The other day Dan asked me to run an errand for him. I was glad to do it because it happened to be the kind of errand I like to run: The kind that requires me to drive to a store that is 45 minutes away. The kind that requires leaving the other kids with Dan and taking only the baby along with me. And the best part–the kind that requires driving Dan’s tiny Toyota instead of my monster-sized van.
I really like driving Dan’s car. For one thing, it’s a stick-shift. That’s cool. For another thing, it’s got good speakers so I can blast a “forbidden-with-kids-in-the-car” radio station with the windows down and the wind whipping through my hair. That’s really cool.
So when Dan asked me to him this “favor” the other day, I didn’t hesitate. Within minutes, I was on the road and I was cool. Along the way, I stopped at a local gas station. As I stood outside the car waiting for the tank to fill, I leaned against the pump and enjoyed the moment. I was by myself (Okay, so Raphael was in the backseat, but he was asleep anyway). It was a beautiful sunny day. The sun warmed my shoulders as I stood outside the car–my tiny car–and took in the scenery. I glanced around the crowded station and with a bit of satisfaction I thought to myself that nobody there had any idea that I was a mother of seven. Ha! Freedom from the stares, the questions, the assumptions. I was just a regular person. A cool person even.
But then I noticed that someone was staring at me. In fact, a whole group of teenaged boys continually glanced in my direction but then averted their eyes when I looked back. Hmmmm, I thought. Could it be? Could I be so cool without my throng of kids, that even these young men were taking notice of me? Hmmmm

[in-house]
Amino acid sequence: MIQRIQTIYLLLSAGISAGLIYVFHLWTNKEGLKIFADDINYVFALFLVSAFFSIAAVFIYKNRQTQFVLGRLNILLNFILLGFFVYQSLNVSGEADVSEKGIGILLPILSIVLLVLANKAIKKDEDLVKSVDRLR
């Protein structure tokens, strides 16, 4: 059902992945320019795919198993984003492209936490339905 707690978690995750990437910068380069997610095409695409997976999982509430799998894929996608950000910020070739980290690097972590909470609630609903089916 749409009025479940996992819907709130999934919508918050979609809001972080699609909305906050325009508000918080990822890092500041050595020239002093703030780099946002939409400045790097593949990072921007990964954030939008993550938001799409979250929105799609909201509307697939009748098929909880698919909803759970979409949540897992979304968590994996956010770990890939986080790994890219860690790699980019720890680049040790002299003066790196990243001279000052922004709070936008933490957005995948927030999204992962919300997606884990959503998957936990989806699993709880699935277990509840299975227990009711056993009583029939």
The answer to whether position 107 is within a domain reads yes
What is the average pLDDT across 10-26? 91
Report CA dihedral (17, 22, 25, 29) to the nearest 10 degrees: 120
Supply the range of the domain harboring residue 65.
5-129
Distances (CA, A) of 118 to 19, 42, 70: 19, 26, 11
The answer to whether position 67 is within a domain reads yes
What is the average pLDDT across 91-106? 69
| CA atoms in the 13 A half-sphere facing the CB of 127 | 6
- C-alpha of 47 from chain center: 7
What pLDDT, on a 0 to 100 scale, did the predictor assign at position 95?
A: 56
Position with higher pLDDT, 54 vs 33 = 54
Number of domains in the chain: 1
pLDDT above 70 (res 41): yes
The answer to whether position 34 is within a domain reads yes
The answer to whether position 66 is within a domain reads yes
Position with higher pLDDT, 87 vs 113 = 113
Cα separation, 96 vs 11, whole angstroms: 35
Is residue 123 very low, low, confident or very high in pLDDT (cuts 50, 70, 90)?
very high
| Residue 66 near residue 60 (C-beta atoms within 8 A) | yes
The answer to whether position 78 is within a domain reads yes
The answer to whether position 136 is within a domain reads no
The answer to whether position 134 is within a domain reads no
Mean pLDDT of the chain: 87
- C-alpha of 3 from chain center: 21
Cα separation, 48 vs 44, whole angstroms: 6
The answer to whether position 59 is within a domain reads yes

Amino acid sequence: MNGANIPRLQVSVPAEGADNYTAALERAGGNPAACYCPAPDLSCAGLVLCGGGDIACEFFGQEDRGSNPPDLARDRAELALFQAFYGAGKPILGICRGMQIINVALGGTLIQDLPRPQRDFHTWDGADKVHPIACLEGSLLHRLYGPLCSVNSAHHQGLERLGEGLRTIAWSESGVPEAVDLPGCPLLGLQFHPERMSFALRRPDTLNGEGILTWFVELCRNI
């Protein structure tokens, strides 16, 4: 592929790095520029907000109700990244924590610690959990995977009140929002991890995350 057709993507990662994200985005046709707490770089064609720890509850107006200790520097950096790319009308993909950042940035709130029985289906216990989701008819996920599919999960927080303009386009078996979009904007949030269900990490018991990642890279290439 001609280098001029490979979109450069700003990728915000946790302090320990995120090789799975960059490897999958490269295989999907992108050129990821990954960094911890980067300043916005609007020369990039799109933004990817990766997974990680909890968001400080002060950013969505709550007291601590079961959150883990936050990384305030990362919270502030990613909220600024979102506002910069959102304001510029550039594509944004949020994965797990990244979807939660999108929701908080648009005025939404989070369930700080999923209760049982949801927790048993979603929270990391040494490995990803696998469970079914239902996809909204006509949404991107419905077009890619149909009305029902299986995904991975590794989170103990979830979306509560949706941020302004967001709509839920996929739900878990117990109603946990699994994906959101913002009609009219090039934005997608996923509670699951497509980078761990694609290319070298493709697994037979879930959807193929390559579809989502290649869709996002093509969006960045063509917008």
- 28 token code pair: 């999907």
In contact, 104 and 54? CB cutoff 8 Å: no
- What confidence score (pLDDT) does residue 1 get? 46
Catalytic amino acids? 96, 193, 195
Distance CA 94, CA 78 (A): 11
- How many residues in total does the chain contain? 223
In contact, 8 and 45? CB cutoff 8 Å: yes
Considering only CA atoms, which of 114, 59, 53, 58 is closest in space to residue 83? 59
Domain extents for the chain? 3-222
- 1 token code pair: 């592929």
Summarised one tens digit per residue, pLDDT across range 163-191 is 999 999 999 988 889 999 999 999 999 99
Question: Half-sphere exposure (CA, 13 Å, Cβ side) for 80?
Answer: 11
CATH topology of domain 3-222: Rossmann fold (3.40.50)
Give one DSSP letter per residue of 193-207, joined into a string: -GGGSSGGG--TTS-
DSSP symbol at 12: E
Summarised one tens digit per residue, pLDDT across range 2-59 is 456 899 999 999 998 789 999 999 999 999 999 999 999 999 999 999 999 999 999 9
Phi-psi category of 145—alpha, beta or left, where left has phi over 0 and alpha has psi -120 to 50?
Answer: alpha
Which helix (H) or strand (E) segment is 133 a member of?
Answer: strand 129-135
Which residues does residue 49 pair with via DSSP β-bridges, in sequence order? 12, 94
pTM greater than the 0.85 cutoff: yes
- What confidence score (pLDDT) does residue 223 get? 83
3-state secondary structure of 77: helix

It wasn’t until I had finished pumping the gas and was opening the car door that I realized the real reason for the stares. I caught a glimpse of my reflection in the car window and was rudely reminded of the fact that I was wearing my husband’s sunglasses. I had been unable to find mine and had grabbed his from the glove box instead.
You might think this sounds like no big deal, but then you don’t know what these sunglasses look like. Dan wears Ray Bans. You know, cop-style glasses with large dark lenses and wrap-around-the-ear metal frames. They look good on him, but on me they are just a wee bit masculine. And a mite large. By this I mean that they cover about 75% of my face.
I stared at my reflection in horror. I looked like Michael Jackson. No, more like a caricatured cop. An exaggerated Erik Estrada. Now I like CHiPs every bit as much as the next 70s child, but this was not a cool look for me. Not cool at all.
But I mourned my coolness only briefly. Then I leapt into the driver’s seat, turned up the radio, and laughed into the hair-whipping wind.